U.S. Senate: Which Party is the Most Tech-Savvy?

Thursday, August 26, 2010

Scott Galloway, clinical associate professor at the NYU Stern School of Business and founder of, surveyed U.S. senators on their digital literacy and the Republicans came out ahead.


Scott Galloway

Comments [14]

Amalgam is correct -- the right wing jumped on direct mail 40 years ago, and online social media is the second coming of that approach.

But there are a few bothersome questions about any politician's use of so-called social media.

For one, it's generally not used socially; these are online soap boxes. Granted it would be nearly impossible for any politician to actually use social media socially -- it's always going to be a one-way conversation; but how the technology is being used is at least as important as how many followers someone has.

Second, having just looked at the report, it seems the majority of the social-media-verse is comprised of YouTube, Facebook, and Twitter. If that's what politicians are having their interns build a presence on, that suggests they're still a few steps behind. There are constant security and privacy questions with Facebook, and how cutting-edge is Facebook when there's a major film out about it? Using Facebook today is about as avant garde as using a postcard. Twitter can never handle the heft of its own traffic, which has led to those who really use such technologies (socially, even) finding and developing similar technologies or ways around Twitter's incapacities (Friend Feed, Identica,, etc.). YouTube has its place, but only to embed into a launch page, because the site itself is a black hole of content.

But most importantly, what does having all those followers mean in a one-way conversation? This gets back to the direct mail question, where there is a public ready and willing to absorb any content from leadership figures and not respond with questions or requests for more info. There will always be a portion of the populace who sign up for such things just as a badge of identification, but don't really engage beyond the occasional cheer. On the flipside, those who are really into using social media today are always looking for ways of streamlining, limiting, and filtering their content stream, and they're savvy enough to follow a politician's online presence without having to get stuck on their mailing list and becoming a statistic.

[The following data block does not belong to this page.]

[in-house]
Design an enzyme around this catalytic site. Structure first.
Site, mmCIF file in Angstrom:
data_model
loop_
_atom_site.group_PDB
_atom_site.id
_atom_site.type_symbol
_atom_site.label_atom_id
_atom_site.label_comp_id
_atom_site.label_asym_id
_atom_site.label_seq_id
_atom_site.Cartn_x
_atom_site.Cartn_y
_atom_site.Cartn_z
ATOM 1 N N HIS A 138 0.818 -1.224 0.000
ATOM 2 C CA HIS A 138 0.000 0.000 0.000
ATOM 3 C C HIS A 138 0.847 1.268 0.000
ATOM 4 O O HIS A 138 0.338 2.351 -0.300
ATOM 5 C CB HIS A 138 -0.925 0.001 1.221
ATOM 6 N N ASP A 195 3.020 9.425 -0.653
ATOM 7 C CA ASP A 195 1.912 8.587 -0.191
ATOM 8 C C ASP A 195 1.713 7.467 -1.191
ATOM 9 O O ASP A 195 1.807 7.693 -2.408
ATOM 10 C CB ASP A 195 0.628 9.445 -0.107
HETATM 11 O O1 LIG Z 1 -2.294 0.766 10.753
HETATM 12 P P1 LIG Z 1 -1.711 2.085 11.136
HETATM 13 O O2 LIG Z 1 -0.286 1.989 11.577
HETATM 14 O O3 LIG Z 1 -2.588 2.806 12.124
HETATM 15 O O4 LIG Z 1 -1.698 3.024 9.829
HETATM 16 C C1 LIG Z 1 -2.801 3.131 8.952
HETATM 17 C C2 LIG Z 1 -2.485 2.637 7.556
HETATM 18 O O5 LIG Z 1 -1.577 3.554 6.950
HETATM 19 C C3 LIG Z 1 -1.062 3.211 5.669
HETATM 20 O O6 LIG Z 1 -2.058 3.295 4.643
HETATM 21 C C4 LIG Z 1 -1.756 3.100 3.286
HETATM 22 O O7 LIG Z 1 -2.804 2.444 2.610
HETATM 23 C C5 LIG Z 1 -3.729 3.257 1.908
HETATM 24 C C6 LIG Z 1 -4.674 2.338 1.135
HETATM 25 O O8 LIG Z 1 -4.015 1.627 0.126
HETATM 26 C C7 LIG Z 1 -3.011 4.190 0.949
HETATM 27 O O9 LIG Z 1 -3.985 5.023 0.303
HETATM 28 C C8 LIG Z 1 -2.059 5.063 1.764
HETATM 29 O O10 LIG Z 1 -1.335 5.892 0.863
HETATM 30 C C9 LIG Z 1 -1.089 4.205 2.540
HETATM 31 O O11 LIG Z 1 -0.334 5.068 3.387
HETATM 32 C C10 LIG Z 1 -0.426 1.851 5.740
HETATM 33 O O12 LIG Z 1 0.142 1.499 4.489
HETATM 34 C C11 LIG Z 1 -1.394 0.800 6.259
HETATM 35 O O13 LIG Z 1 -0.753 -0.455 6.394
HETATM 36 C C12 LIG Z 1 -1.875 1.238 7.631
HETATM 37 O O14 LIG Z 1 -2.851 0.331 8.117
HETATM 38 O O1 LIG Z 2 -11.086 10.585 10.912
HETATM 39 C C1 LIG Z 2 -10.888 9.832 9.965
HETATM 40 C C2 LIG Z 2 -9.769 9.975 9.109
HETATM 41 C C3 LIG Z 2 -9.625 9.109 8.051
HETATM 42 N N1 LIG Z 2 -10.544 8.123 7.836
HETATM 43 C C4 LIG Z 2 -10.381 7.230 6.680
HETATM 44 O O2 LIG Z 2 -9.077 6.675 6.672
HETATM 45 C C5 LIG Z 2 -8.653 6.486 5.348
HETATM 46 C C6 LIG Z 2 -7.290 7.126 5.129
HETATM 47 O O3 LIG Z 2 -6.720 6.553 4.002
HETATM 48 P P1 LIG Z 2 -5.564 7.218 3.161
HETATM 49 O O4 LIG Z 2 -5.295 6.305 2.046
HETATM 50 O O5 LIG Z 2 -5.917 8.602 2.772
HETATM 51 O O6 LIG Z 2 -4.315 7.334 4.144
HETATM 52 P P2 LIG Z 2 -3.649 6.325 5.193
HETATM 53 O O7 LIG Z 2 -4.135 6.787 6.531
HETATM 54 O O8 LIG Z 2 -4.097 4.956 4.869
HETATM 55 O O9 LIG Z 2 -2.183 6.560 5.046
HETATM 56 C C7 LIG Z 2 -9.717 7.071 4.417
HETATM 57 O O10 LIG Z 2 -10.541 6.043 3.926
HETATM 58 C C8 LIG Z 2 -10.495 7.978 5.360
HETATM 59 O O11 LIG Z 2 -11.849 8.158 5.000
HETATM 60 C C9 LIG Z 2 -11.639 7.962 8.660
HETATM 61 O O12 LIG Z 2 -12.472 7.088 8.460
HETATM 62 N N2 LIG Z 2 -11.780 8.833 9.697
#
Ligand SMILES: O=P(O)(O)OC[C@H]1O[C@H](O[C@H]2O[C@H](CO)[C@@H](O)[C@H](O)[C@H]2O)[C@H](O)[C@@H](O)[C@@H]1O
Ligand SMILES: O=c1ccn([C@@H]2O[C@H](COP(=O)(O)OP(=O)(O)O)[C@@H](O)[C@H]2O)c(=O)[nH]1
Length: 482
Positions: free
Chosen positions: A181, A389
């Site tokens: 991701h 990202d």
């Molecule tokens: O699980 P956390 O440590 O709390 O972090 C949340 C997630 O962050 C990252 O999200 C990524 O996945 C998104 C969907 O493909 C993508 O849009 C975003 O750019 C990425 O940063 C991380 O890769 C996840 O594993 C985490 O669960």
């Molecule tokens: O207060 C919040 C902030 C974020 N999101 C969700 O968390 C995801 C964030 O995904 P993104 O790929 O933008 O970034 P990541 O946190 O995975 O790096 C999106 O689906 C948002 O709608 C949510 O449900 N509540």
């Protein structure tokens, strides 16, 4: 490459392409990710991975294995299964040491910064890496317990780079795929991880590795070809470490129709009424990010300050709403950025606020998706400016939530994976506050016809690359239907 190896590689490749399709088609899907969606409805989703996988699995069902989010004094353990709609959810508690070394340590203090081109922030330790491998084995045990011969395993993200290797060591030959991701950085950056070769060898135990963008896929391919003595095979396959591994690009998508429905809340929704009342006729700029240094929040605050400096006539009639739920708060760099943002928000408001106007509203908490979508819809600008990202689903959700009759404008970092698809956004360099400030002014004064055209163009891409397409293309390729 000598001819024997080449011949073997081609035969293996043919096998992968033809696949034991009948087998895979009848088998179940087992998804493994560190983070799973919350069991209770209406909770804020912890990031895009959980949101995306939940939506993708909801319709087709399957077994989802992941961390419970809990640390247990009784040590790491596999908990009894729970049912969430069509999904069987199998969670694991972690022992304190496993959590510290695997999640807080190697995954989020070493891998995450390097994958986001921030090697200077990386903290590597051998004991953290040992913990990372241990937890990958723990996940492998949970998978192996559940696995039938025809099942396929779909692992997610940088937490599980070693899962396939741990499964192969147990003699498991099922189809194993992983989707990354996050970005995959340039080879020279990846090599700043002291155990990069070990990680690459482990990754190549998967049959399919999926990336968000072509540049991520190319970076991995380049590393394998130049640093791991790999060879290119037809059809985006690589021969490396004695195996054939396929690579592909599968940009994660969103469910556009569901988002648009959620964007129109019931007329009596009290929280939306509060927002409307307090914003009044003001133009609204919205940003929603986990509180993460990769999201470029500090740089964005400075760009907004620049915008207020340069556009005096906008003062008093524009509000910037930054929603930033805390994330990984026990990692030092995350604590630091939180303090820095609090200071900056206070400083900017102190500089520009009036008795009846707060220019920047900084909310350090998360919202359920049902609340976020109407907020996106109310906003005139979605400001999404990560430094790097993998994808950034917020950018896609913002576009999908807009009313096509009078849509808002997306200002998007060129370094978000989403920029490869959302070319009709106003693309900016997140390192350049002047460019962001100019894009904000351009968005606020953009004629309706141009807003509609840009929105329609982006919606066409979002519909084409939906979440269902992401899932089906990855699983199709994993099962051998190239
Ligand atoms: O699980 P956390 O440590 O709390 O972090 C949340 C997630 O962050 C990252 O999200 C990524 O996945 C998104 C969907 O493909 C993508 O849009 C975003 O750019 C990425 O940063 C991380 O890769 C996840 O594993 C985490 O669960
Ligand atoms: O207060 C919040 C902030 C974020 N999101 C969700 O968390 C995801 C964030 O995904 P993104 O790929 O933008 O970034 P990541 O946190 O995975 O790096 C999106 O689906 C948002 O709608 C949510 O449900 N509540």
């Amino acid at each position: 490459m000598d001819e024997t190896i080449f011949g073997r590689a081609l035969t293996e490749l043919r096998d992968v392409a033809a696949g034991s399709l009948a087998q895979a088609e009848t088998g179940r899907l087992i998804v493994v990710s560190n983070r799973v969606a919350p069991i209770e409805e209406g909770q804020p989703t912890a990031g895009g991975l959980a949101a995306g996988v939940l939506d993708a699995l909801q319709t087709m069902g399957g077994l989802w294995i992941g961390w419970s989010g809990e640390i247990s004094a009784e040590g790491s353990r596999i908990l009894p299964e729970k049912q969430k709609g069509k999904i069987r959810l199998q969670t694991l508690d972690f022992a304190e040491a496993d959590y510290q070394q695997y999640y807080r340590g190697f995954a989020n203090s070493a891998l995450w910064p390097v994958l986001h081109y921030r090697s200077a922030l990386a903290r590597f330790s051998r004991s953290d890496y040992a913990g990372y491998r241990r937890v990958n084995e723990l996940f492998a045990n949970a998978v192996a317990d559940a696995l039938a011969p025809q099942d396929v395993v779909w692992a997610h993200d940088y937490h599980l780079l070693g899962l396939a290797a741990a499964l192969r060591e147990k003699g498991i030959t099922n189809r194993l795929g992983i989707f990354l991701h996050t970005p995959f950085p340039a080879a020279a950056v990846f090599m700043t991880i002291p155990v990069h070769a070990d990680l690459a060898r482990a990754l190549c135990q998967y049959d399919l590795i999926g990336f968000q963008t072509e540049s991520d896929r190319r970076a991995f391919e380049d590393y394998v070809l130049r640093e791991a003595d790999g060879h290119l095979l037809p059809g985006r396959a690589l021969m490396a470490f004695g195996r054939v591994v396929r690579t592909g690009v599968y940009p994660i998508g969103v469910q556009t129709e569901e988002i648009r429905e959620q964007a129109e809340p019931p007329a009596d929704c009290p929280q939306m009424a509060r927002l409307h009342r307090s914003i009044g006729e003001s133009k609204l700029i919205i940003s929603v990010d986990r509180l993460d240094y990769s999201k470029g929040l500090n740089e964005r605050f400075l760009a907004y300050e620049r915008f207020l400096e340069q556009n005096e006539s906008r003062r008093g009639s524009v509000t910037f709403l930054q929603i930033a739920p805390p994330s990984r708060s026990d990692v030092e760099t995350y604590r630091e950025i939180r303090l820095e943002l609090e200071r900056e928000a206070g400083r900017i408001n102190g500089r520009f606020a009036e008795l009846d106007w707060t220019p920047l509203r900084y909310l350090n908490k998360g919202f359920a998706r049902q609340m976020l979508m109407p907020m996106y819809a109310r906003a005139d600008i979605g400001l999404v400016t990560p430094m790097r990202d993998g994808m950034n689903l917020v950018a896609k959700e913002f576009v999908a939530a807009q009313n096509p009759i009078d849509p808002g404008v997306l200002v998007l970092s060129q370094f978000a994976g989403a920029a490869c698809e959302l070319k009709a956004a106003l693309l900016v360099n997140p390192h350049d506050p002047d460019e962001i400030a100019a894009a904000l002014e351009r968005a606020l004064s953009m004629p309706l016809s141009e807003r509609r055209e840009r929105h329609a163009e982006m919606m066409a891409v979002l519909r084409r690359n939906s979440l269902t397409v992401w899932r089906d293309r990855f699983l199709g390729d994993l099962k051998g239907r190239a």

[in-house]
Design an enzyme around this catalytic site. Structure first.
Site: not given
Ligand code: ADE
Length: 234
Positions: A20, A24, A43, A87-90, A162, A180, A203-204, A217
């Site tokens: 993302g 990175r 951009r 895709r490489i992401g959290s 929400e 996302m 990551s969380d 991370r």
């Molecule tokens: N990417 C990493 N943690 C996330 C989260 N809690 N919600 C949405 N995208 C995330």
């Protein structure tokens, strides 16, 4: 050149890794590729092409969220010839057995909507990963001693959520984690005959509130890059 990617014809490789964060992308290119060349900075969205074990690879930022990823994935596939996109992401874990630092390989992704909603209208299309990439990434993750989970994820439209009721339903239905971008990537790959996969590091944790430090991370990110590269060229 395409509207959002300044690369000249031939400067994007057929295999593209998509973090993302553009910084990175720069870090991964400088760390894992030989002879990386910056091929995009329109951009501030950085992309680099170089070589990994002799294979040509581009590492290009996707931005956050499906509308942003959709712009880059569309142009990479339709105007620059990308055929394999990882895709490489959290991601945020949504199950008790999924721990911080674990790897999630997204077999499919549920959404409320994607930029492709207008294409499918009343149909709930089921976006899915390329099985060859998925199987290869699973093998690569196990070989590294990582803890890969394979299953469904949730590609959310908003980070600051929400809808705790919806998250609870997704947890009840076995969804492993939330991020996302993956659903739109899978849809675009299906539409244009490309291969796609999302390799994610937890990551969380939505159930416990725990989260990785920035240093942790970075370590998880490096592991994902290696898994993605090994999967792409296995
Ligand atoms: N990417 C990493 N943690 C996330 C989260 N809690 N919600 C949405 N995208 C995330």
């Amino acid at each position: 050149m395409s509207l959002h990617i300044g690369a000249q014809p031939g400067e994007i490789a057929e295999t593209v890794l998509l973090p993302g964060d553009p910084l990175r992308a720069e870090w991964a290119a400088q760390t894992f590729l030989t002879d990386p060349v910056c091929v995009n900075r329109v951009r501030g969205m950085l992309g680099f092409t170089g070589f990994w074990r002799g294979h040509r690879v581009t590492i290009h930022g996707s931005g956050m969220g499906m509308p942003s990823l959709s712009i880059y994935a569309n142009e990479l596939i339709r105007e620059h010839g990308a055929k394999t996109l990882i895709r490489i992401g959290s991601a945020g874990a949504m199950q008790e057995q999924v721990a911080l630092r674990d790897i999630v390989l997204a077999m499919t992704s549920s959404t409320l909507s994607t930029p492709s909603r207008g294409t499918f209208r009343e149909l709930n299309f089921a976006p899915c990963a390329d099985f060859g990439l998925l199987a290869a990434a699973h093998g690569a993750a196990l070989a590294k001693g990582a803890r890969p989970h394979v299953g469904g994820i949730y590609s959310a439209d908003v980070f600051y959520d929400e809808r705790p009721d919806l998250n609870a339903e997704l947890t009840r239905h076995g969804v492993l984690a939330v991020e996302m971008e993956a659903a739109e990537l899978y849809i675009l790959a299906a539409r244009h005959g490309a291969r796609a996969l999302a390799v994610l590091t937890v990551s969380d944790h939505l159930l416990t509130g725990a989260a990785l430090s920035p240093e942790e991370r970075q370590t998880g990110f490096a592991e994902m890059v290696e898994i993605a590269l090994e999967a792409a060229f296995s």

Aug. 27 2010 07:54 AM
The Truth from Becky

side note : "Rethuglicans" - I love the name Dark.

Aug. 26 2010 11:33 AM
The Truth from Becky

DARK - first don't believe everything you see/hear on PBS...second, how can you say that when the Dems ran a whole Presidential campaign "online"? This was a major topic during the race for the whitehouse.

Aug. 26 2010 11:30 AM
Ed from Larchmont

Christians aren't anti-science, the universities started in Christian Europe. But sometimes the issues are so clear that it only takes a few words, like 'pro-life'.

Aug. 26 2010 11:26 AM
artista from greenpoint

digital IQ idea confuses the knowledge of the initiators of the media here (the senators as test group) versus the number of followers attracted.
Bad causative link!

Aug. 26 2010 11:26 AM

YES Brian!! YES. it doesn't require much thought to be on the right.

Aug. 26 2010 11:23 AM
DarkSymbolist from NYC!

Actually Becky,

I saw a report about this months ago on PBS...the Rethuglicans have far outpaced the Dems in this realm and unfortunately it gives them a huge edge over the Dems who are really the ones who are a day late...

Aug. 26 2010 11:22 AM
amalgam from Manhattan by day, NJ by night

This is just using the latest technology (viz. direct mail in the '80s) to gain a following based on public sentiment/imagination. It is now just easier to be plugged in because of the expansion of our digital universe and the occurrence of social media.

The other thing is that - guaranteed - the staff, particularly young media/communications staff, are the ones crafting and posting the tweets, Facebook messages, videos, etc., based on the overall outreach and message that is assiduously developed by the candidate and the staff. It is simply a new outreach platform that these massive staffs operate.

Finally, you're correct, the so-called "energy" that indicates the movement and desires of the populace drives the use of social media in a positive feedback loop.

Aug. 26 2010 11:22 AM

Generally I have always found that republicans are better at messaging than the democrats. I think it is because they can boil things down into 3 or 4 core beliefs. I do not think you can say the same about the dems.

Aug. 26 2010 11:21 AM
James Quinn from Staten Island

I know that it was a "throwaway comment," but what you said about Sec. Vilsack stating that food prices would increase greatly if we as a nation did not have these undocumented farmworkers was right on the head.

What Sec. Vilsack laft unsaid is that the reason food would be more expensive is because wages would have to rise, and those who work the farms would have a living wage, rather than the near- or below-poverty wages they now are paid.

Rising wages for these workers is not, in my opinion, a bad thing. Perhaps to the "New Dem" crowd who happily turn a blind eye to the post-NAFTA/WTO/GATT "race to the bottom" wage scales, but to me, an AFL-CIO member, rising wages for these workers is a good thing.

Aug. 26 2010 11:18 AM
The Truth from Becky

The repubs are not the party of the techies, no matter how many times you say it Brian. Bunch of old farts and old fart heirs!

Aug. 26 2010 11:15 AM
The Truth from Becky

Day late, Dollar short repubs..

Aug. 26 2010 11:13 AM

How much of this has to do with the GOP being out of power.

Aug. 26 2010 11:11 AM

what is the average age of these grandpas and grandmas?

Aug. 26 2010 10:26 AM

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